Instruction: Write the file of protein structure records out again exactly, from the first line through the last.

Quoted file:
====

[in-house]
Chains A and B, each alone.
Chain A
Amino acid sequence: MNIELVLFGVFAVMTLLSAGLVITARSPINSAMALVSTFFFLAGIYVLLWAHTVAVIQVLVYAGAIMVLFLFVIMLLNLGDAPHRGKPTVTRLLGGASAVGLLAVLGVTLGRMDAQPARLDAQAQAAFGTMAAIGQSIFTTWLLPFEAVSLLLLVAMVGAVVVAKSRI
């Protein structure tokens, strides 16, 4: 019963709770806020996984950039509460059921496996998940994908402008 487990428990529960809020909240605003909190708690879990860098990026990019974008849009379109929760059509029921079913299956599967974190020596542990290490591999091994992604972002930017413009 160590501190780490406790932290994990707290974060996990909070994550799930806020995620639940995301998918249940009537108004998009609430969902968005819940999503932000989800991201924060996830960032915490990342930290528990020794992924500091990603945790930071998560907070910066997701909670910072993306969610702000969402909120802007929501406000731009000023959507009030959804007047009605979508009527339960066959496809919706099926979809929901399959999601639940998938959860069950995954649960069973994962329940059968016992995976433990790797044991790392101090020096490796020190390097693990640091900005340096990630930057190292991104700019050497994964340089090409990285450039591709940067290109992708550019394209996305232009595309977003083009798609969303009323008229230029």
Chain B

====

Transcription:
[in-house]
Chains A and B, each alone.
Chain A
Amino acid sequence: MNIELVLFGVFAVMTLLSAGLVITARSPINSAMALVSTFFFLAGIYVLLWAHTVAVIQVLVYAGAIMVLFLFVIMLLNLGDAPHRGKPTVTRLLGGASAVGLLAVLGVTLGRMDAQPARLDAQAQAAFGTMAAIGQSIFTTWLLPFEAVSLLLLVAMVGAVVVAKSRI
């Protein structure tokens, strides 16, 4: 019963709770806020996984950039509460059921496996998940994908402008 487990428990529960809020909240605003909190708690879990860098990026990019974008849009379109929760059509029921079913299956599967974190020596542990290490591999091994992604972002930017413009 160590501190780490406790932290994990707290974060996990909070994550799930806020995620639940995301998918249940009537108004998009609430969902968005819940999503932000989800991201924060996830960032915490990342930290528990020794992924500091990603945790930071998560907070910066997701909670910072993306969610702000969402909120802007929501406000731009000023959507009030959804007047009605979508009527339960066959496809919706099926979809929901399959999601639940998938959860069950995954649960069973994962329940059968016992995976433990790797044991790392101090020096490796020190390097693990640091900005340096990630930057190292991104700019050497994964340089090409990285450039591709940067290109992708550019394209996305232009595309977003083009798609969303009323008229230029």
Chain B